Healthy workers not only feel happier, they work more productively to earn higher incomes for their families. Freedom from hunger, an integrated-services microfinance provider, has led the way in connecting their clients to affordable healthcare. We check out a clinic in Juliaca with Irene, Sabina, and Mery to see how the plan works in real life. Part 3 in our 5-part series from Peru.
Mery's really smiling as she gets her blood drawn: Until her credit group, ADRA, created an affordable health plan with a private clinic in her town, she never had the time or money for routine well-care and diagnostic appointments. Photograph by Jim Cline for Freedom from Hunger.
Juliaca, Peru: We believe that a global hunger relief and poverty alleviation organization can succeed only as far as our networks can reach; that's why Freedom from Hunger finds in-country partners to deliver financial, education, and healthcare services our clients' needs in each unique town or village. Here in Juliaca, our local provider ADRA agreed to implement our fast-growing Microfinance and Health Protection (MAHP) plan by contracting with a local medical clinic. Clinica Americana has all but emergency services available for Freedom from Hunger clients, who pay $4/month and then choose among a range of discounted care packages and medications. So far, 469 ADRA clients have signed up; the goal is 800. Today, we visit the clinic to observe how clients utilize this new system and get their feedback on what they need to thrive.
The clinic that serves our clients in Juliaca, Peru serves 120 patients per day for routine medical care.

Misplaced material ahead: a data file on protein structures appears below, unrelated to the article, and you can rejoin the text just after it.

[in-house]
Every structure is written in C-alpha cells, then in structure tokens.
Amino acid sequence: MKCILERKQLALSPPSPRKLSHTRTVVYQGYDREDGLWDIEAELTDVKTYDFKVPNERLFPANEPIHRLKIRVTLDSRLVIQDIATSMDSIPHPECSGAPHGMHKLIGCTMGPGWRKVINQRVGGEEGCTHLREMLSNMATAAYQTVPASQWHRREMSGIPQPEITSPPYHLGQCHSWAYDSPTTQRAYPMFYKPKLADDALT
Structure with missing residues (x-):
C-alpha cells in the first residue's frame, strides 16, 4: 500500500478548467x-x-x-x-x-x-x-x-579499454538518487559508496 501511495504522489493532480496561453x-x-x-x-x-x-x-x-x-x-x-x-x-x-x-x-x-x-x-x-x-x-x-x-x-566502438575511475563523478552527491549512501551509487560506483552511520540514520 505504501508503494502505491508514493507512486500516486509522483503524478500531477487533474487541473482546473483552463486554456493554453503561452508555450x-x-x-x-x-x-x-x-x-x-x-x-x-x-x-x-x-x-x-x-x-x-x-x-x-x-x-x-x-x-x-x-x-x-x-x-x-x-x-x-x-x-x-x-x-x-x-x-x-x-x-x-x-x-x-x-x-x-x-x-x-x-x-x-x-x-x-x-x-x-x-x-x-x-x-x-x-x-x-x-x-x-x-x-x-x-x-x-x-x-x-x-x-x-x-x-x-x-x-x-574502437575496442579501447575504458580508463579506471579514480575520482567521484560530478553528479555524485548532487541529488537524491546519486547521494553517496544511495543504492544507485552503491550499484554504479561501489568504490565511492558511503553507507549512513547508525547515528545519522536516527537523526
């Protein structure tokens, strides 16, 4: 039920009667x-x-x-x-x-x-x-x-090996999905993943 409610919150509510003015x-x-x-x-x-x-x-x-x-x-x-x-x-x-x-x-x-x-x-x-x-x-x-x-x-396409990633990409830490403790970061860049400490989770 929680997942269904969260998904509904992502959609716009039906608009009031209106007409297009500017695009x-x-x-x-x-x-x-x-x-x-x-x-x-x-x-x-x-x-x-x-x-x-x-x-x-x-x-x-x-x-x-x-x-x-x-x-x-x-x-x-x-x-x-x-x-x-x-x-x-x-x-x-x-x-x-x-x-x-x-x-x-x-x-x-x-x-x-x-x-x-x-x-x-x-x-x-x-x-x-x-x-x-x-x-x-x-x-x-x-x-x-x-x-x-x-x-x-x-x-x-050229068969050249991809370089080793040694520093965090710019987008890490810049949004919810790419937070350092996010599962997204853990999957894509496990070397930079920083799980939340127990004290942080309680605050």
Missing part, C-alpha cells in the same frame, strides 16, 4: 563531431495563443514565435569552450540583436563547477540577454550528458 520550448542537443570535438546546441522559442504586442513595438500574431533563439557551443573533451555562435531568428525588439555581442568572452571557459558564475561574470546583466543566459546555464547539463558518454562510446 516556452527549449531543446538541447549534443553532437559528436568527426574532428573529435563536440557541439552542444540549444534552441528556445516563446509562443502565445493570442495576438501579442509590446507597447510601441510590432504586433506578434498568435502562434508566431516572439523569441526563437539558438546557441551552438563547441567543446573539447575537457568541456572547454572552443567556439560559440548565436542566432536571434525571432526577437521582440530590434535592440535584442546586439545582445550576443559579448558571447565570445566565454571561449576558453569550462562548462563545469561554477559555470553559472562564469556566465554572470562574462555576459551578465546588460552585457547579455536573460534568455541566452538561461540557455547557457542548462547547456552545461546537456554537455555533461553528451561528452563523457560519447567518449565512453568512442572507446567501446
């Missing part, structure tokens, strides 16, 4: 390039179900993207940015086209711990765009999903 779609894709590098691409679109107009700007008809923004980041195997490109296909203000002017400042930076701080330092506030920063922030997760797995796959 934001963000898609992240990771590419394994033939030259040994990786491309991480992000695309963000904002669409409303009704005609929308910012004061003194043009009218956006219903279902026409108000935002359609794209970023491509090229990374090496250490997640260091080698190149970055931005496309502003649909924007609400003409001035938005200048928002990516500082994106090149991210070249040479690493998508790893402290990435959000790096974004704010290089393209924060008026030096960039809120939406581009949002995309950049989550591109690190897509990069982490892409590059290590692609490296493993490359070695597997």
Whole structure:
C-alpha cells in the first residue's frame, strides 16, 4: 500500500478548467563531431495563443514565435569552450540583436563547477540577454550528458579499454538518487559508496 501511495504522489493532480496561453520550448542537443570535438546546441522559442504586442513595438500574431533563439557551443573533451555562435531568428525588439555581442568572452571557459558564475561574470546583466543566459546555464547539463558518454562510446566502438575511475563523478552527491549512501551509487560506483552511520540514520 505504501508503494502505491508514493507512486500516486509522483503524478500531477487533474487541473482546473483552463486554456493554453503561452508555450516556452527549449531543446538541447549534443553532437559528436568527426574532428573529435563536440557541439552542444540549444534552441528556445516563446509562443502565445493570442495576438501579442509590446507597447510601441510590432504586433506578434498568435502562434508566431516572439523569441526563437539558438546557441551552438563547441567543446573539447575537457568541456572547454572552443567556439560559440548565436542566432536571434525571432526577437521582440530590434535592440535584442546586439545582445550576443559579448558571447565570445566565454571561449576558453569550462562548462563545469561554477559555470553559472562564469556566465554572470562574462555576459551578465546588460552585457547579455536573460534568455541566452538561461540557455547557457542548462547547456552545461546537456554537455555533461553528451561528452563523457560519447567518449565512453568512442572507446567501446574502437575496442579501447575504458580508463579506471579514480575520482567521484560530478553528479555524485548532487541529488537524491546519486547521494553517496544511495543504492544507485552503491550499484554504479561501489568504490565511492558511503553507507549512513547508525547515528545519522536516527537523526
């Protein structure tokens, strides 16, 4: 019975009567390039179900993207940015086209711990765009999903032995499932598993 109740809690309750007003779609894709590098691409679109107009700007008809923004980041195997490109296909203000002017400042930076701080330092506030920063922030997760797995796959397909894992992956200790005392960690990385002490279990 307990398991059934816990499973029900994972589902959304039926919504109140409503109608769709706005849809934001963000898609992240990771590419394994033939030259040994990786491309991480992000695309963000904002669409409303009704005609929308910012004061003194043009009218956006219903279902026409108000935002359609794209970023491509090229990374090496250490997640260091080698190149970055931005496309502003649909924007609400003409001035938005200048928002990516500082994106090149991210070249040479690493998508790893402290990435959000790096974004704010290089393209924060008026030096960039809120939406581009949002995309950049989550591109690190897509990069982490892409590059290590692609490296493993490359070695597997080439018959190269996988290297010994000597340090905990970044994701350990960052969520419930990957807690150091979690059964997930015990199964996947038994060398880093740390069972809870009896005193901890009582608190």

High up in the Andes Mountains, toward the southeastern border Peru shares with Bolivia and near the famously high-elevation Lake Titicaca, Juliaca is the largest city in the region with 225,146 inhabitants and lively commerce. Like our Chicago, it's known as the "windy city" with chilling winds rolling through the plazas morning and night, graced by gentle sun in the afternoons. It's a good place for microentrepreneurs to create warm clothing, foodstuffs, and building materials. However, until last summer, like so many places in the world and even in the U.S., it was not a good place to get sick--if you were poor.
"This new plan is good, because it helps those of us who don't have enough money," says Irene Corceusto Aleman, a 43-year-old gold miner who took a three-hour bus ride down from the mountains where she works with chemicals and grinding machines all day in search of treasured golden nuggets. Irene belongs to a local credit group called "Santa Inez," which has 21 members. Three of them have taken the morning off work to come together to the clinic for the first time: Irene, her 52-year-old friend Sabina Yanqui Arela, and her 26-year-old daughter Mery Pino Yanqui.
How it works: Credit group members can opt to pay $4/month for a membership card. They choose a healthcare plan that works for them and request tests as needed. They've been with ADRA for nine years, but this is the first time they've had access to prorated healthcare. As the women walk in, they receive smiles in the busy clinic that serves 120 patients per day. Dozens of patients sit waiting on benches, but our clients get waved right to the front by receptionist Samuel Laura Cruz, whose singular job is to take care of ADRA clients. Irene studies a painting on the wall behind Samuel's head: It show two doctors doing surgery on a patient while a glowing Jesus looks on with love.